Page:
Published: Fri, May 17, 2019
Tech | By

Alexa Guard Aims to Help Keep Your Home Safe

Alexa Guard Aims to Help Keep Your Home Safe

That's the whole point of Alexa Guard, a new Alexa-powered feature that uses the existing far-field microphones in Amazon Echo devices to closely listen for glass breaking or the sound of alarms coming from smoke or CO detectors when you're away from home.

Once you've enabled the feature in the Alexa app, say, "Alexa, I'm leaving" to your Echo. You can select which sounds are of interest, for example, the sound of breaking glass or a smoke alarm going off. Alexa will respond to such audio events by sending a Smart Alert for you to act upon along with a short audio recording of what occurred.

As previously mentioned, Amazon is just starting to roll out Alexa Guard more widely, so don't be surprised if it isn't showing up yet.

Alexa Guard is free for all Echo users and is rolling out to U.S. users today. Yes, there are still privacy concerns related to having a hot mic in your home (or several hot mics, depending on how many Echo devices you own), but there is some welcome added utility that Guard brings to the table.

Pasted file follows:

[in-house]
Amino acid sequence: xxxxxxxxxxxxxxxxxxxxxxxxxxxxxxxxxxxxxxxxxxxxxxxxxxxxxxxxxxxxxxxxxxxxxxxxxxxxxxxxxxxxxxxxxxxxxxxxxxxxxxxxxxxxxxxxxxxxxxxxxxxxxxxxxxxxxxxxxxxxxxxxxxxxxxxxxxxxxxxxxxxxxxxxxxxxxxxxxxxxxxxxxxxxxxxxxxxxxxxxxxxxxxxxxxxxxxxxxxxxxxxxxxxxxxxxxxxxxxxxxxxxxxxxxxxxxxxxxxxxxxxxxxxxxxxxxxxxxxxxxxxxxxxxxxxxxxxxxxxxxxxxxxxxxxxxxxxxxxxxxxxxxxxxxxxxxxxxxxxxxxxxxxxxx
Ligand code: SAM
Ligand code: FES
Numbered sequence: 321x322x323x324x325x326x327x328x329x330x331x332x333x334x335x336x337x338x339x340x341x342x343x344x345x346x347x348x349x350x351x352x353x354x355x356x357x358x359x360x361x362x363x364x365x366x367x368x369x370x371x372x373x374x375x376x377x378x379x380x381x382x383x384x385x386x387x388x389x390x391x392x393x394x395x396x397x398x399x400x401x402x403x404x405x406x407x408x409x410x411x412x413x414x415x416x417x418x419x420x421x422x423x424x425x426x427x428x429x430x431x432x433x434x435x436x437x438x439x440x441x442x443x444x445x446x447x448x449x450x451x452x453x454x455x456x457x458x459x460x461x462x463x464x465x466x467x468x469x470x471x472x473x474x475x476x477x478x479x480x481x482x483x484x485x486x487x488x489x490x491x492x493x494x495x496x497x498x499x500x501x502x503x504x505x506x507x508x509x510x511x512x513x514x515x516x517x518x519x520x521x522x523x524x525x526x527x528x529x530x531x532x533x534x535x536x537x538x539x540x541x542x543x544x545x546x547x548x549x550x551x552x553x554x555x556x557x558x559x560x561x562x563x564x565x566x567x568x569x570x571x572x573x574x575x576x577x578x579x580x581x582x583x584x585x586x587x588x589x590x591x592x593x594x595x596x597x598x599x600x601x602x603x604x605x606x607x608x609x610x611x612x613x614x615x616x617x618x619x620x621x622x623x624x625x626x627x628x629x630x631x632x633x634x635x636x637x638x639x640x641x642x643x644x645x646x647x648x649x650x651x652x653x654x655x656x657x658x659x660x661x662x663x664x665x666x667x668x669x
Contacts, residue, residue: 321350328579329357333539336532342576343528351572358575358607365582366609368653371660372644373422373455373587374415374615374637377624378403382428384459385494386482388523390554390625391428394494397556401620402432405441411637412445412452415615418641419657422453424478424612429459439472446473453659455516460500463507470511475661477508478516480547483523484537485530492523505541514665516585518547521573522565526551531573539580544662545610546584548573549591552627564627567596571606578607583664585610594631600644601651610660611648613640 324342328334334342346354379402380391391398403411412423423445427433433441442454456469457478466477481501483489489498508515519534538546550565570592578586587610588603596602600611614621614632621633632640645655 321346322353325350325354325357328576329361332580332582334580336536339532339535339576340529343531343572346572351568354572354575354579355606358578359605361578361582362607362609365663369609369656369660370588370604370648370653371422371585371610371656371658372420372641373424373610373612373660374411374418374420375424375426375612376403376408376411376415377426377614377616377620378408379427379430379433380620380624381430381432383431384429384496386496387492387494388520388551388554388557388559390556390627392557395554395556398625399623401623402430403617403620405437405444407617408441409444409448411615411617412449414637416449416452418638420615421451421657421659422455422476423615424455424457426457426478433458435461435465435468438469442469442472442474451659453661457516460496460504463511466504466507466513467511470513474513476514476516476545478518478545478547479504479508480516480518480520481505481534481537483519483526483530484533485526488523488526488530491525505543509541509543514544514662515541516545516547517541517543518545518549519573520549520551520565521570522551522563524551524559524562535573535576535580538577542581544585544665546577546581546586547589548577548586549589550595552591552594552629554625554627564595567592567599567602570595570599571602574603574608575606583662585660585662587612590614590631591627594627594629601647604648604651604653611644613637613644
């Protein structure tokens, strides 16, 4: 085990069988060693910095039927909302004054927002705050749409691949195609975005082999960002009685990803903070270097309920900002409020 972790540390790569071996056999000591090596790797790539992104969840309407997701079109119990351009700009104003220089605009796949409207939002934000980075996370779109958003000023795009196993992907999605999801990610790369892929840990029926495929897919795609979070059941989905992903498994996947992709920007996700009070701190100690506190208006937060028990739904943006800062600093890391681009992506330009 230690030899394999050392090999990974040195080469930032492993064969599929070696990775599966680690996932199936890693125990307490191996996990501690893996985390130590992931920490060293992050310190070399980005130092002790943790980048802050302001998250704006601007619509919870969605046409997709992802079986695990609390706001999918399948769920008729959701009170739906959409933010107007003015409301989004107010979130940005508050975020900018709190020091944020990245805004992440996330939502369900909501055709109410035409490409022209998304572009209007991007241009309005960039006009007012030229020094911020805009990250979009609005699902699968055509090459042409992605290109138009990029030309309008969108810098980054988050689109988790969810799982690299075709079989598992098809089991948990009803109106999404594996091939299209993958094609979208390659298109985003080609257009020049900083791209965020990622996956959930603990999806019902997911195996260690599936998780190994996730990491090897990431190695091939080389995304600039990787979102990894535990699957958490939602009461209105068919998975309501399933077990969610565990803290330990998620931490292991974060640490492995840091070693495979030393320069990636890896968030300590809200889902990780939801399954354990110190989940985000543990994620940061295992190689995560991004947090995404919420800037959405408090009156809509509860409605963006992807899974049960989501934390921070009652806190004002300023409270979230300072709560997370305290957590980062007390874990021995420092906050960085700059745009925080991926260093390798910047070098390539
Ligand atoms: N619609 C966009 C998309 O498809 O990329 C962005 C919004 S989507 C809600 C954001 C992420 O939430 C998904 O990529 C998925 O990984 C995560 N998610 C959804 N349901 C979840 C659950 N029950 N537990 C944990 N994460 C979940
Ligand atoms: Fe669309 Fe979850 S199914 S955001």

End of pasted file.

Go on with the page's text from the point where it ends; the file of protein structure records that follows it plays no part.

You can buy all kinds of home security devices that play nicely with Alexa.

Alexa Guard probably can't serve as a total replacement for home security systems, as it's somewhat limited in what it can monitor. The truly fearless can even drop in on your Echo to remotely investigate.

When enabled, Guard initiates what Amazon calls Smart Alerts.

Alexa Guard is a new feature in the Alexa app that allows you to check for suspicious activities even without connected security hardware. However, the Alexa Guard mode is still pretty limited as it can not inform authorities if you have intruders that's why it's intended more as a complement or as a basic security tool.

Alexa Guard was initially rolled out in late 2018, but it wasn't available on some older Echo devices. Customers can use their voices to arm and disarm their Ring, ADT Pulse, and ADT Control security systems. With those services, Smart Alerts will be forwarded to the professional monitoring service, which will determine if it's appropriate to notify emergency-response services, such as the police or fire departments.

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